Cycle Campaign News February 2014
Table of Contents:
From the Editor
Handing in its first petition to the police was an important moment for CTC's ongoing Road Justice Campaign (see 'Headlines' below).
Prosecutors, the courts and sentencing are also in sight this year - poor collision investigation, inexplicable charging and prosecution decisions, and lenient sentencing must become a thing of the past.
Keep yourself updated and add your voice to the campaign by signing up as a Road Justice supporter.
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CTC has secured funding from the cycle industry’s ‘Bike Hub’ fund, to co-ordinate a national ‘Space for Cycling’ campaign in partnership with the London Cycling Campaign (LCC) and local Cyclenation campaign groups around the UK.
The national campaign builds on the ‘Space for Cycling’ campaign devised by LCC, which they are running ahead of the London borough elections in May. The national campaign will adapt the ‘Space for Cycling’ slogan to the very different political situation for cycle campaigning outside the capital.
The campaign seeks to create the conditions where anyone, of any age or ability, feels able to cycle safely, conveniently and enjoyably for any local journey, as part of a wider vision for healthy and liveable streets and communities. Working in conjunction with local campaign groups, CTC will engage individual supporters in seeking commitments from both local and national politicians to consistently high standards of cycle-friendly planning and design, and the funding needed to deliver them.
As well as pressing for local action to deliver ‘Space for Cycling’, CTC will also enlist supportive MPs and councillors to help us secure commitments to the campaign’s aims in their respective party manifestos, ahead of the 2015 general election.
Following protests from cyclists and cycling organisations, the Advertising Standards Authority (ASA) is reviewing a ruling that, if not withdrawn altogether, could mean that from now on adverts always have to show helmeted cyclists hugging the kerb - a portrayal of cycling that could damage its future popularity as an everyday activity and promote unsafe riding practice.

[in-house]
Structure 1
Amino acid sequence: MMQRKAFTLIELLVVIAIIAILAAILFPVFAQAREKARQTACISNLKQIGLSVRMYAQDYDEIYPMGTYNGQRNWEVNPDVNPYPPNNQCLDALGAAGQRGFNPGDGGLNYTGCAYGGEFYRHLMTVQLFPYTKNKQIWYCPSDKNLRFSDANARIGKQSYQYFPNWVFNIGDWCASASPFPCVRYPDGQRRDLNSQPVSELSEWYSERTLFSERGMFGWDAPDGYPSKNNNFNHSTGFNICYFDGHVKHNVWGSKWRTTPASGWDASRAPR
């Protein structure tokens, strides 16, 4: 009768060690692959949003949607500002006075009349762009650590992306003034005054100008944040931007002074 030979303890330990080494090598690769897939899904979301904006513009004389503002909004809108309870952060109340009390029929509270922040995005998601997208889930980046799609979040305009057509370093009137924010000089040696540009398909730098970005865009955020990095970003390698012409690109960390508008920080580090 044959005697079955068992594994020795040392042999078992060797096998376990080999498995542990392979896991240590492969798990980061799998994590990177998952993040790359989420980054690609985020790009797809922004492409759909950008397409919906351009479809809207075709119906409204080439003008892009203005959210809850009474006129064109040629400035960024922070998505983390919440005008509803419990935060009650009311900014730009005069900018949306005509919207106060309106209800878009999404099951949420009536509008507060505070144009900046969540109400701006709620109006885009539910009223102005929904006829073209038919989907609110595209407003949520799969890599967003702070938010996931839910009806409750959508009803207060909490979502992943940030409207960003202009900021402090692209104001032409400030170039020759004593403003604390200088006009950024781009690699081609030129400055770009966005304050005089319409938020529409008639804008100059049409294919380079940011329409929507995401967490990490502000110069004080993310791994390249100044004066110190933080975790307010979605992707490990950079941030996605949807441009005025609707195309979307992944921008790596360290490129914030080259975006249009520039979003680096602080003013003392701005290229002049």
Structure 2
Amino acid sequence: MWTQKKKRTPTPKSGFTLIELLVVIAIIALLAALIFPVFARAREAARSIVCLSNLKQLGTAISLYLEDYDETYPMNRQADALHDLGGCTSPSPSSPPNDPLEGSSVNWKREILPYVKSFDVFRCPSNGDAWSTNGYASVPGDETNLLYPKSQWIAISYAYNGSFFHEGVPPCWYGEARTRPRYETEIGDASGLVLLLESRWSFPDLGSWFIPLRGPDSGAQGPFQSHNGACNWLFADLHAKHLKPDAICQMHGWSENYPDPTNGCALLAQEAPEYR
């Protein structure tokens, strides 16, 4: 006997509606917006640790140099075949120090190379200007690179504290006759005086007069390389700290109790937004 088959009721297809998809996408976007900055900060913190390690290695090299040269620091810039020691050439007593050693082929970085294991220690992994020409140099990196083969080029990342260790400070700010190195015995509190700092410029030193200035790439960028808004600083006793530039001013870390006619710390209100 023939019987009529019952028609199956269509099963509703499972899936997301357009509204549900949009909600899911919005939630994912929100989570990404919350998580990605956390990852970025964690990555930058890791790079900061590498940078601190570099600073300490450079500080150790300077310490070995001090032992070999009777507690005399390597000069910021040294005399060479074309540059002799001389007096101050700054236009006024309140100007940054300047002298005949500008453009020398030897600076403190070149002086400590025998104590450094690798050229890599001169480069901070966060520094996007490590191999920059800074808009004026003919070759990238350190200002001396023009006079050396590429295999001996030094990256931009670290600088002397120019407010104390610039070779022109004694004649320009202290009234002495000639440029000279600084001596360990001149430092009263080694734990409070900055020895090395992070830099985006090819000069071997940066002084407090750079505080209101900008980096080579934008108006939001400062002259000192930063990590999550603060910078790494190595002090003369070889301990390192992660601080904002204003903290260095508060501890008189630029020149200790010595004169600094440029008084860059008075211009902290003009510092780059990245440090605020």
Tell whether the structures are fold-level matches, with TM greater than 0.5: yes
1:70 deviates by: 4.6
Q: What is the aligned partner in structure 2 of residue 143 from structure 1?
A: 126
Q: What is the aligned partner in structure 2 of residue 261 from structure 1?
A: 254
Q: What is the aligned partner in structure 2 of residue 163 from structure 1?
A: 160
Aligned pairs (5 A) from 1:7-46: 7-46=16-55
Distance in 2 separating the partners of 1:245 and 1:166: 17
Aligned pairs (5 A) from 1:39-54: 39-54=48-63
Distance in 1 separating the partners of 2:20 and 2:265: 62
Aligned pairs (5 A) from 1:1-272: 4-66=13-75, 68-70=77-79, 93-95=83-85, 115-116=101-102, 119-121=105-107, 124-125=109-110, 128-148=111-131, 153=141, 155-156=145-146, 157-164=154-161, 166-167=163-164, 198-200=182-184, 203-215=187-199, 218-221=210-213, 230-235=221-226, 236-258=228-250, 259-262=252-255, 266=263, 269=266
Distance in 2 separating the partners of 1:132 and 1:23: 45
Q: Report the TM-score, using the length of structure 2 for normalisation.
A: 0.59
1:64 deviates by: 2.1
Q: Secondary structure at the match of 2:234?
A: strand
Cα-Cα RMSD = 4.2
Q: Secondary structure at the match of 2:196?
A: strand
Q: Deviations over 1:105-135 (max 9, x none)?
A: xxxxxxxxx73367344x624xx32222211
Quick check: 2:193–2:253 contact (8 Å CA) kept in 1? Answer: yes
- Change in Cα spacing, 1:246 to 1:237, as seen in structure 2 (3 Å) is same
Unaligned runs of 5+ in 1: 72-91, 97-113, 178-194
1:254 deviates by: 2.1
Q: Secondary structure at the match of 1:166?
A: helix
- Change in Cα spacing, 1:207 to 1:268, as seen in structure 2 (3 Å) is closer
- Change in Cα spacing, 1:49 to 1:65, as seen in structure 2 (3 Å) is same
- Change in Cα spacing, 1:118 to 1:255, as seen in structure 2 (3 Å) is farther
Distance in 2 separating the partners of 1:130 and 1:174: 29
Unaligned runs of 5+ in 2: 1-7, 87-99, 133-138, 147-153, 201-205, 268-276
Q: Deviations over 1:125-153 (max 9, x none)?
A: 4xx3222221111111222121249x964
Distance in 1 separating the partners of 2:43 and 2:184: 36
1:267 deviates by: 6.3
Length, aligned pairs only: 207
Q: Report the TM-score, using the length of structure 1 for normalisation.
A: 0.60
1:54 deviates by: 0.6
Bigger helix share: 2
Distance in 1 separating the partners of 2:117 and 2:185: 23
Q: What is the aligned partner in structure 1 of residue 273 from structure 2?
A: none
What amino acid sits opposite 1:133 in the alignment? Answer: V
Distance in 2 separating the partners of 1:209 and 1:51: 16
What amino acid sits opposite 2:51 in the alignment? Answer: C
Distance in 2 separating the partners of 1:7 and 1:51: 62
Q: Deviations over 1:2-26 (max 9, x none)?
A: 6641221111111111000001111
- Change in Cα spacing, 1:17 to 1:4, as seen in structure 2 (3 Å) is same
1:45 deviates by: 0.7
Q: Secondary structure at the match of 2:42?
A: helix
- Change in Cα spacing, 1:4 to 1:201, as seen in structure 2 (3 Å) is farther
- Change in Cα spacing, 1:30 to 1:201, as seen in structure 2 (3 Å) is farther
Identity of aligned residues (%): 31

The ASA made its original decision in response to complaints about a Cycling Scotland TV advert that featured a helmet-less cyclist who was cycling towards the middle of her lane whilst being overtaken considerately by a car.
As CTC points out, helmets are not compulsory and promoting them makes cycling look more dangerous than it really is. As for the cyclist's road-positioning, this complies with advice in the national standard for cycle training. In any case, the scene’s purpose was to demonstrate the kind of safe berth drivers should give to cyclists.
CTC is supporting Cycling Scotland in its appeal against the ruling. The UK's All Party Parliamentary Cycling Group has also voiced its concerns in a letter to the ASA, as has the Transport and Health Study Group.
DLR welcomes cycles on off-peak services
Following a successful trial, cycles are now permitted on off-peak Docklands Light Railway (DLR) services in London.
CTC and other cycling groups hope that this will prompt light rail systems elsewhere in the UK to follow suit. Indeed, a 2007 report commissioned by Transport for London (TfL) recommended a similar trial of cycle carriage on the Croydon Tramlink, while other reports have highlighted the disparity between UK and other European systems. To its credit, Sheffield's Supertram has at least got as far as a trial of bikes on trams for one day, and collaborated with campaign group Cycle Sheffield in chartering trams to take people out on Sunday bike rides.
Dave Holladay, CTC’s public transport campaigner, said: “From observation and reports, it is apparent that allowing cycle carriage on trams and on the DLR itself means there's less need for policing, less confrontation and fewer avoidable delays on services which are often barely half-filled with passengers. Also, surveys of cyclists and would-be cyclists have revealed a substantial number of people, especially women, who are deterred from making a journey which involves a return trip as a lone rider late at night.